If I told you I did something many consider impossible, would you believe me?
No, I didn’t teleport—and I didn’t turn lead into gold.
Yet, I did break into an industry where I had no prior experience, no prior connections, and very limited skills.
You may be looking for a change in your career. You feel like doing something that fits better with your goals and vision for your life. But that feels impossible.
“I have no experience.”
“Nobody knows me.”
“I’m not good enough.”
When I decided to try to become a data analyst, I didn’t have a deep Rolodex of contacts or an award-winning portfolio of projects.
Actually, I had no portfolio.
I’ll take you through my story and process so you can see how I turned my dream of being a data analyst into a reality.
There I was, sitting in my former bedroom, wondering what I was going to do next with my life. It was December 2016. I was living abroad in Santiago, Chile and teaching English full-time. I knew that job wasn’t something I wanted to turn into my career.
Once again, I was stepping back to square one.
First, I looked inside myself and asked myself some questions:
What am I good at?
What can I offer the world?
How do my skills translate to real jobs in today’s economy?
I knew I liked data. I liked being able to take what seems like a mess of random information and turn it into a coherent narrative—one that people can use for knowledge and decision-making.
I had dabbled in learning computer programming, spending my vacation working through textbooks on the Python programming language. I knew that I could work intensely, focusing on one task for a long period of time without distractions.
All of this led me to decide to try my hand at becoming a data analyst. It helped that this was a field with lots of opportunity. I returned to Santiago and immediately enrolled in an online course on data analysis.
Connecting to my broader network
While completing that course, I started breaking out of my shell and meeting new people.
Santiago has a strong expat network, so there were plenty of opportunities to get out. I went to language events to work on my Spanish, networking events, and yes, good old-fashioned parties.
I met a lot of new people, including people who worked in the technology industry.
Skip to June 2017: I completed my online class, and now I had to clear the next hurdle: actually finding a job.
In addition to scouring job boards, I reached out to people I had met over the past several months who worked in tech. I shared my résumé and my desire to break into the data analysis.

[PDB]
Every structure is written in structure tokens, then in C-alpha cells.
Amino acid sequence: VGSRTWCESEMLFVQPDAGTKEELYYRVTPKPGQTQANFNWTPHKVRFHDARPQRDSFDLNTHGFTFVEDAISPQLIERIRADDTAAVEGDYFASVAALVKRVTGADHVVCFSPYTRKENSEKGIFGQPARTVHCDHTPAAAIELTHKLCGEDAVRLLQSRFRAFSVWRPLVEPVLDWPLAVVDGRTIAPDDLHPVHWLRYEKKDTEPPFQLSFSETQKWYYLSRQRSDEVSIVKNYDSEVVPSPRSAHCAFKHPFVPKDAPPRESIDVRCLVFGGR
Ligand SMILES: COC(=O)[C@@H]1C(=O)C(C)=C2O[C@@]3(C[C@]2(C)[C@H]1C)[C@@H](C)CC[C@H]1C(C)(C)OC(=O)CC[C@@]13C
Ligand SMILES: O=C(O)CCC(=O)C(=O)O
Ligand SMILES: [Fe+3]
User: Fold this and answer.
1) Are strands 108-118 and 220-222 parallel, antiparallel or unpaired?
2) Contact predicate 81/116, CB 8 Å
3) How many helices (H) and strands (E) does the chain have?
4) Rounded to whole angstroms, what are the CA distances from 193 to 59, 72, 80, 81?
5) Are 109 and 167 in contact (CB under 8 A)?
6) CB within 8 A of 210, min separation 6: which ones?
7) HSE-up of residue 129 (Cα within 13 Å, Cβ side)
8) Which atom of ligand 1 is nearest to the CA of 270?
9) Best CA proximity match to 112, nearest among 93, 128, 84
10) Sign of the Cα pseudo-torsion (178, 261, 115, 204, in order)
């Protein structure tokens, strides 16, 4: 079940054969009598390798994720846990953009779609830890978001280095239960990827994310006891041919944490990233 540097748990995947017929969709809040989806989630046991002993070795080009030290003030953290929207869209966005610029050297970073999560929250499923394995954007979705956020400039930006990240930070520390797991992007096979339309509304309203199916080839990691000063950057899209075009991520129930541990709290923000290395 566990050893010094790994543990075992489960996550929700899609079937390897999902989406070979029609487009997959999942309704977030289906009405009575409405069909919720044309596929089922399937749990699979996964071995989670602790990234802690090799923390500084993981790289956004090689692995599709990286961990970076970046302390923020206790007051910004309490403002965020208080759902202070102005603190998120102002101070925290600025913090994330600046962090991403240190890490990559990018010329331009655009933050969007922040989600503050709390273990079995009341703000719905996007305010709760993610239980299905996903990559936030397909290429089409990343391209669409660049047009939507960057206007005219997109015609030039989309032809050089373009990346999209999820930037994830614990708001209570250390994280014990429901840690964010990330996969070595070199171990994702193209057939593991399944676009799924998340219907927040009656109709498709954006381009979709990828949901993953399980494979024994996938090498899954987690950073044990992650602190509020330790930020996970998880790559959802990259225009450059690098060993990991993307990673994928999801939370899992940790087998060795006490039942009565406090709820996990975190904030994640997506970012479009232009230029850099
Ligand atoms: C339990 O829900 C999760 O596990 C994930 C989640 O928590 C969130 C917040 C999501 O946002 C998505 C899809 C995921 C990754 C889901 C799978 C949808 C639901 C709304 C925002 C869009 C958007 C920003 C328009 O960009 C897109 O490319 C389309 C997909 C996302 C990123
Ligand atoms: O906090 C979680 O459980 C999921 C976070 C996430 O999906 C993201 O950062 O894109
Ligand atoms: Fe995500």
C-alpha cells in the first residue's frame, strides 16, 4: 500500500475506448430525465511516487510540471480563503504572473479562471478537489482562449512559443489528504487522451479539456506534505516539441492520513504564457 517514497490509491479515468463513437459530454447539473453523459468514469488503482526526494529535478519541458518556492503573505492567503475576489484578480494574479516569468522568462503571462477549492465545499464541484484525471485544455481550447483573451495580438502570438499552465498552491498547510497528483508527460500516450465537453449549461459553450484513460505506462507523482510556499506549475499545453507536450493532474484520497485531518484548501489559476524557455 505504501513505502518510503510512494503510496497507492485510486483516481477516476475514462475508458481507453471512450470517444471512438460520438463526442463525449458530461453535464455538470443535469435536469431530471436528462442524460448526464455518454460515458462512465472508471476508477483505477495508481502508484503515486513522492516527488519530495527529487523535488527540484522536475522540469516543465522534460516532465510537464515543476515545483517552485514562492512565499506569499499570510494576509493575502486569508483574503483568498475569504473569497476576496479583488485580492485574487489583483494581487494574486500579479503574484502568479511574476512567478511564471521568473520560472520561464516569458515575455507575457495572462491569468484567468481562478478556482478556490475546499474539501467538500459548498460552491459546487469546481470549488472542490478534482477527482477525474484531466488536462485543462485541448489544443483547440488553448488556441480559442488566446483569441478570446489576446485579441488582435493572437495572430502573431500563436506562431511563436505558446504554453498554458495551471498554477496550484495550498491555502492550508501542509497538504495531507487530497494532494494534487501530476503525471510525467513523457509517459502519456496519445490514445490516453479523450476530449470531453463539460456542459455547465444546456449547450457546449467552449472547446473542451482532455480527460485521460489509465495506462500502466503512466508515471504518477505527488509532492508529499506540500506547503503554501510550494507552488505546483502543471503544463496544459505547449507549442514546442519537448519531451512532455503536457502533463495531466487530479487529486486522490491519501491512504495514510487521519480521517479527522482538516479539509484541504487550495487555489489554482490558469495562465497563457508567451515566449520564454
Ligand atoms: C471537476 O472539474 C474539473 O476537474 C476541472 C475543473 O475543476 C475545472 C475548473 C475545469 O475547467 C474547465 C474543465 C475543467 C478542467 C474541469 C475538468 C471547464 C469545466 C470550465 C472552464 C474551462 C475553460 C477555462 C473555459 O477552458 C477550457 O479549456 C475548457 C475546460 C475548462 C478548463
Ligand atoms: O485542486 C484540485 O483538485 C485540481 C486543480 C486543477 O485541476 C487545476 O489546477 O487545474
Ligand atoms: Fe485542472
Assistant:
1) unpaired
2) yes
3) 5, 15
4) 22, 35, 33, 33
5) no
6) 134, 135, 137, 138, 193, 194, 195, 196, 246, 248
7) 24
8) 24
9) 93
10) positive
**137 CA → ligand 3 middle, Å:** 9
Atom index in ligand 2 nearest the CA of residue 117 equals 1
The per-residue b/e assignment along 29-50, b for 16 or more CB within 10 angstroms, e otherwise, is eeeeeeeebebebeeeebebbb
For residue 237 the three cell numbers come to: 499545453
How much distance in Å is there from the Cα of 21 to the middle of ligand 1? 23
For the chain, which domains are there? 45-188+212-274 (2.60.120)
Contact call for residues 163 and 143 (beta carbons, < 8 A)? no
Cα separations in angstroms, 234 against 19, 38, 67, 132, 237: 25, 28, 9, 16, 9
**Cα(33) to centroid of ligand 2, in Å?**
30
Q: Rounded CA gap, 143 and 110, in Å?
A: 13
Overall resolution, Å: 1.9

Shortly after, I got the message I was looking for.
One of the people I met had a small company and was looking for a data analyst who could grow with them. After a conversation together, I hopped on board and haven’t looked back!
Now that you know my story, here are some principles that you can take and apply to your own life to tap into the power of your network:
Connect, connect, connect
I know what you’re thinking, “Okay Andrew, that’s a nice story, but you got lucky. How will that work for me? I mean, who meets their next boss at a party?”
Hey, I did—you could, too.
Networks work in mysterious ways. I’m sure that there’s some scientific theory or math equation somewhere that models the flow of information.
But the thing to keep in mind is that people know and talk to each other. Word gets around. If you’re networking with people in the area you want, eventually, opportunities come your way.
The only way to take advantage of this power, though, is to get out there and meet people. And don’t hide behind your email, either. Face-to-face interactions are always best.
Too many people think that networking is about regurgitating the same stale, cookie-cutter pitch to whoever happens to be standing close to you.
The best thing you can do to create those genuine relationships that bring value to you and others is to be yourself.
One of the good things about meeting people outside formal settings was that I had to be a real person. I couldn’t just talk about work. I let my real self shine through, and it paid dividends.
All of the above requires that you know who you are.
You should have a good idea about your likes, dislikes, strengths, and weaknesses. You should have a specific goal in mind that others will be able to help you towards.
If you don’t have answers to these questions, go to a place where you won’t be bothered. Take out a piece of paper and write down your goals and personality traits.
Here are some questions to get you started:
- What can I do better than anyone else I know?
- What does my ideal job look like?
- What do I not want in a job?
- What’s something I spend/have spent time and money learning about even though nobody made me?
- What did I want to do when I was younger before the “real world” changed my expectations of what to look for?
Then, look for areas where you will be able to use your strengths, and go from there.
The real value of face-to-face networking
You’ve probably heard that 85% of jobs are found through people, not job postings.
Your network is your most valuable asset. You need to use it to its potential. Leveraging your network is the quickest way for you to find your niche in the world. Somewhere you can make the greatest impact on other people’s lives, including your own.
If you’re ready to redefine what’s possible for yourself, it’s time to reach out and start networking. Connecting authentically with others is the quickest route to turning your dream job into your real job.
While writing outreach emails can be intimidating, MANGO has a FREE tool that makes writing networking emails easy. Give it a shot.
Ready to start now? Why put it off any longer? Start writing a conversation request email now to get your career moving.
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